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Non-business expenses and not reporting BIKs

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I work for an SME, owned fully by a parent company, and I am struggling with a legal/moral quandary. 

Our MD (an employee - not a shareholder) is claiming expenses I suspect are personal. Things like his lunch every day at the office from the local supermarket, meals during the day when he is out with a colleague (a close “mate” of his) etc, which I know for a fact, but when the claims come in, they are tagged as supplier/customer entertaining. This colleague also has a company car which I have been pressured not to report as a benefit in kind on his P11D (tax of £2000 a year not being paid). 

This has been going on a long time and I have just really twigged, but if anyone came in and audited the books there would be no hard evidence that he is lying on his claims - only my knowledge. 

I wouldn’t be bothered if he was the owner, although these expenses run into the £000s per month, and this is effectively defrauding the tax man and the shareholders, for his own personal benefit. He has nobody above him in the business to approve any claims, just his submissions to me which I am told to pay  

I’m by no means a snitch but I have a responsibility to the shareholders to make sure the accounts are reported properly. Maybe it’s an obvious question - but I value my job - how would I go about trying to report this to the parent company without fearing the MD will get rid of me (less than 2 years service)? Would this count as whistleblowing if I had no hard evidence these expenses were personal, even though I know for a fact they are?

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14th Aug 2019 23:21

Are you a member of a professional body? Read their code of ethics, particularly the section regarding accountants in business.

Also, I'm confused about your point stating no hard evidence in the event of an audit. What about the company car?

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to the_drookit_dug
15th Aug 2019 07:33

The issue is the pressure not to report it as a BIK - nothing in writing. Just my word against theirs, my “competence” for not reporting it. And if I did I’d potentially just get the boot in exchange for someone who will do what they ask.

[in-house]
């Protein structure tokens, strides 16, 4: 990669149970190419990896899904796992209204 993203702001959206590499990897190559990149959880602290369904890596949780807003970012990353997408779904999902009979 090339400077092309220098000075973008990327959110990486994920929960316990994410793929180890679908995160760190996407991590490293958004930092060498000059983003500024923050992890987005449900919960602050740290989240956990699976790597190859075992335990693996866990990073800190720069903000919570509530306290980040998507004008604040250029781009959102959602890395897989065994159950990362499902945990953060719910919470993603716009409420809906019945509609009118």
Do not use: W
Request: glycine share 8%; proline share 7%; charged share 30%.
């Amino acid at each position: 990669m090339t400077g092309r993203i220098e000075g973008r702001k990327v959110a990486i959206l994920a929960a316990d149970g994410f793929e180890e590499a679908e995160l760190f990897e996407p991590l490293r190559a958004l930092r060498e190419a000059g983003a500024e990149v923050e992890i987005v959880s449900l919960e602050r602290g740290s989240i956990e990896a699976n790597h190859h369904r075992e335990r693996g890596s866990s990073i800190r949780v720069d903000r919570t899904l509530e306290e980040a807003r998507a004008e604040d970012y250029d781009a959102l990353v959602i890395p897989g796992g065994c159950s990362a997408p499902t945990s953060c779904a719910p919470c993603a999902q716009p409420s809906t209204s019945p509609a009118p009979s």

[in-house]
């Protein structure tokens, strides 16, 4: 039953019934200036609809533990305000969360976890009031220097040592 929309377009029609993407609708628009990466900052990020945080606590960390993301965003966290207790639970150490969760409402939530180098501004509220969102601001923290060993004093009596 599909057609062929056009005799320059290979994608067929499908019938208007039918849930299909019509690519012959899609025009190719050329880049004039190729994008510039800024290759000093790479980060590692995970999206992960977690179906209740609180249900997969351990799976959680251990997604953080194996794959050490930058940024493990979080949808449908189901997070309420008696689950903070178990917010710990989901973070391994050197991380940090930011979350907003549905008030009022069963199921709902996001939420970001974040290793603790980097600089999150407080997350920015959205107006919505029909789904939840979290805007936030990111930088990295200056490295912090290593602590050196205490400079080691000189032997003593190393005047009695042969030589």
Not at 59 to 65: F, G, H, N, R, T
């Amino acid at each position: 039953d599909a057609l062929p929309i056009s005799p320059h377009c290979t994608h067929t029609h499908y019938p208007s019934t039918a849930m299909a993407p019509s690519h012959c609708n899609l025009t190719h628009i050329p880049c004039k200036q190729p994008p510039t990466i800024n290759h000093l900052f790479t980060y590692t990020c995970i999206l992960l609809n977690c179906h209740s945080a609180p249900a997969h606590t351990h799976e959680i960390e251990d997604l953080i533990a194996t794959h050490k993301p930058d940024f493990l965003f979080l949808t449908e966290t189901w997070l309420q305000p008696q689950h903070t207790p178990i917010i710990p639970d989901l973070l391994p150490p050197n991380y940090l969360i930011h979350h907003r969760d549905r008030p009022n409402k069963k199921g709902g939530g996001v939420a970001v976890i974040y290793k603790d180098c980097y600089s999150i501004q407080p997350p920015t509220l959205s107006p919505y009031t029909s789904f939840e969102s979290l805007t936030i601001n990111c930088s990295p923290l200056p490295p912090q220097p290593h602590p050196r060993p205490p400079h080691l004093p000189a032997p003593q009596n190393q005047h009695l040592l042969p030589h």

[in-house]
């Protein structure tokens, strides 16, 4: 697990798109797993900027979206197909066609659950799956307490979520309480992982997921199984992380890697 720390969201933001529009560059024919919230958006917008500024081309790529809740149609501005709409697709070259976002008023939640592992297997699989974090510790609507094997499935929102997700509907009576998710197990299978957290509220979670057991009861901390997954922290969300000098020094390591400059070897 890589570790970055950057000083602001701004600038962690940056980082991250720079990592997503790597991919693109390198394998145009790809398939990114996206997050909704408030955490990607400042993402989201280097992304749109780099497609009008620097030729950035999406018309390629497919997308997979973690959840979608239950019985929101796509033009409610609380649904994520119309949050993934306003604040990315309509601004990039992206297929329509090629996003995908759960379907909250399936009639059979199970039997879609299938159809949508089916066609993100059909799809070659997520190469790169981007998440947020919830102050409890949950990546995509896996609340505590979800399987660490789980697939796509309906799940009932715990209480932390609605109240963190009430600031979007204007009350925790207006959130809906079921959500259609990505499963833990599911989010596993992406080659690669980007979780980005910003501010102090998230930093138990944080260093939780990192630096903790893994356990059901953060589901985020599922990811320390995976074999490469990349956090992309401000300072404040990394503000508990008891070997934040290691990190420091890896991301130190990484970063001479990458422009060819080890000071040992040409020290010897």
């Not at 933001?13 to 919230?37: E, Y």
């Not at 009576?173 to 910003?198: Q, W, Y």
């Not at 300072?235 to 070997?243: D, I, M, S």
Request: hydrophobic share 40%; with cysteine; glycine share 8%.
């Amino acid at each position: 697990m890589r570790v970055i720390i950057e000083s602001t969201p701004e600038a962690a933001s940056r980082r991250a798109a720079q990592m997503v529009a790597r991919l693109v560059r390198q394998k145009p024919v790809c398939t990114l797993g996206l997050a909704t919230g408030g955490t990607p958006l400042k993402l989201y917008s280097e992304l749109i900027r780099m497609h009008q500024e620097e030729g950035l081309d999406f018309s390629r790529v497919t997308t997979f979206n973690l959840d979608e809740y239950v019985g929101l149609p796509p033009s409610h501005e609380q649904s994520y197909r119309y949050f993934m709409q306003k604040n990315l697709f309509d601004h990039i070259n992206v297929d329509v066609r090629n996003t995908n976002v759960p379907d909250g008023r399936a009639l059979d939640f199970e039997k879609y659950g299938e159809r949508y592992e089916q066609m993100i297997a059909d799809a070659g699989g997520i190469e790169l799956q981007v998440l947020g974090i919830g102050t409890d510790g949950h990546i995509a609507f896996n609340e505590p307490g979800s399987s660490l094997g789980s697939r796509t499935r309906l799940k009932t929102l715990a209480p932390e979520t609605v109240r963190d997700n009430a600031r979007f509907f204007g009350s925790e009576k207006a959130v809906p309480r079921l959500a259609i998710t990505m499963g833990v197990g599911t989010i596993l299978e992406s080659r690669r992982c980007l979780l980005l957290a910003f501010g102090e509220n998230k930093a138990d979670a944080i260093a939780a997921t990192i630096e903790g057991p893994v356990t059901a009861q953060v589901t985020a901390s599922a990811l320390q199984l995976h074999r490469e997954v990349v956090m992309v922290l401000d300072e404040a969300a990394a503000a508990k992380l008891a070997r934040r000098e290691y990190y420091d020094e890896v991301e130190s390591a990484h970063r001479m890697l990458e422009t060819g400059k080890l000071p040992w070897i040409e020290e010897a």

I am a member of a professional body, I’ll look into their code of ethics.

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to ApplesAndBananas
15th Aug 2019 08:49

Well, assuming the BIK ought to be reported and isn't, there are only two likely reasons. One is that you are incompetent and don't report things correctly, the other is that you know what should be reported but have been prevented from doing so.

If you are the one reporting the problem, it will be hard for anyone to argue the first. If, however, you wait for a third party to discover it, you're leaving yourself open.

It doesn't sound, from the information you've provided so far, that the MD would have the slightest hesitation in throwing you under a bus.

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to Duggimon
15th Aug 2019 09:10

I see no easy option here - you may want to call your professional body for a chat.

It's only August - the company is only facing a £100 fine for the late P11d.

Moral courage is required here - the MD needs to know that his preferred option, tax evasion, is illegal.

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15th Aug 2019 07:59

Could you discuss it with the FD/FC of the parent? Even as 'whats group policy on expenses/entertainment/cars? I just want to be sure we're consistent and don't find problems at audit?'

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By jcace
15th Aug 2019 11:58

Arm yourself fully with company car rules i.e. when a benefit arises and when a car can be treated as a pool car.
Likewise, make sure you are aware of the rules regarding entertainment, staff entertainment etc, so that when any arguments come back to you, you are in a strong position to advise the correct treatment.
And see WhichTyler's advice.

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15th Aug 2019 12:15

Document the facts, send the email to the MD, spelling it out. You do need a trail to cover yourself so that the MD can be seen to be the instigator of this, not you.

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to Red Leader
15th Aug 2019 16:32

This is what you do.

People like that will blame you when it goes wrong, so make sure you have documented (via an email, and Bcc your own private account so you have a record of it) your raising these concerns.

I find with client when you say something like "did you just ask me to drafud the tax man?" they back off sharpish, then again its a different relationship when they are the boss and you are the employee.

If you have the balls, you could do something pointed such as saying "I don't feel I can assist you in committing fraudulent behaviour so I would like you to take on tasks ABC" Dont of course expect a medal!

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